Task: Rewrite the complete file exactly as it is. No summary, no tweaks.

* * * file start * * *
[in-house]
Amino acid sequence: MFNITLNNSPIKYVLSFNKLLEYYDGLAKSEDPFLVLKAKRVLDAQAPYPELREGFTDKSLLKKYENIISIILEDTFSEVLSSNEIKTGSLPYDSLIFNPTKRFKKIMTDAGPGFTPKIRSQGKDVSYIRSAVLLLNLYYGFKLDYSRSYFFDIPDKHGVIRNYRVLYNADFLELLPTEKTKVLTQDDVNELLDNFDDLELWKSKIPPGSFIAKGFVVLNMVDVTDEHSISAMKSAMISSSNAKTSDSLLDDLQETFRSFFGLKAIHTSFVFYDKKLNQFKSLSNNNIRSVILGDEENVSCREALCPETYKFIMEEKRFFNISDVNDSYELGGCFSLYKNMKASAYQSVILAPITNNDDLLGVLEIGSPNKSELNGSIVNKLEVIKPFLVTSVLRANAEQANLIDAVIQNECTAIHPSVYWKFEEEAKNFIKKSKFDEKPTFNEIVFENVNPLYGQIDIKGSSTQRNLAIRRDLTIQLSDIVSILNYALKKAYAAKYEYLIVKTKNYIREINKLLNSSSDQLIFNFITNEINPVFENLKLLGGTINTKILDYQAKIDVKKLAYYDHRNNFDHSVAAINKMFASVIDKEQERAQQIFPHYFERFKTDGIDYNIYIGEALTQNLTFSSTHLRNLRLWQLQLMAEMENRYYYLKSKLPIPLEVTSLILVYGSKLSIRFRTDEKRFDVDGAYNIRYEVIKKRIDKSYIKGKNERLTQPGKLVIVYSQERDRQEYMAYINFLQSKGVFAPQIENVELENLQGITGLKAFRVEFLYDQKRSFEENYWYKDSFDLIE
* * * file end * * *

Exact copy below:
[in-house]
Amino acid sequence: MFNITLNNSPIKYVLSFNKLLEYYDGLAKSEDPFLVLKAKRVLDAQAPYPELREGFTDKSLLKKYENIISIILEDTFSEVLSSNEIKTGSLPYDSLIFNPTKRFKKIMTDAGPGFTPKIRSQGKDVSYIRSAVLLLNLYYGFKLDYSRSYFFDIPDKHGVIRNYRVLYNADFLELLPTEKTKVLTQDDVNELLDNFDDLELWKSKIPPGSFIAKGFVVLNMVDVTDEHSISAMKSAMISSSNAKTSDSLLDDLQETFRSFFGLKAIHTSFVFYDKKLNQFKSLSNNNIRSVILGDEENVSCREALCPETYKFIMEEKRFFNISDVNDSYELGGCFSLYKNMKASAYQSVILAPITNNDDLLGVLEIGSPNKSELNGSIVNKLEVIKPFLVTSVLRANAEQANLIDAVIQNECTAIHPSVYWKFEEEAKNFIKKSKFDEKPTFNEIVFENVNPLYGQIDIKGSSTQRNLAIRRDLTIQLSDIVSILNYALKKAYAAKYEYLIVKTKNYIREINKLLNSSSDQLIFNFITNEINPVFENLKLLGGTINTKILDYQAKIDVKKLAYYDHRNNFDHSVAAINKMFASVIDKEQERAQQIFPHYFERFKTDGIDYNIYIGEALTQNLTFSSTHLRNLRLWQLQLMAEMENRYYYLKSKLPIPLEVTSLILVYGSKLSIRFRTDEKRFDVDGAYNIRYEVIKKRIDKSYIKGKNERLTQPGKLVIVYSQERDRQEYMAYINFLQSKGVFAPQIENVELENLQGITGLKAFRVEFLYDQKRSFEENYWYKDSFDLIE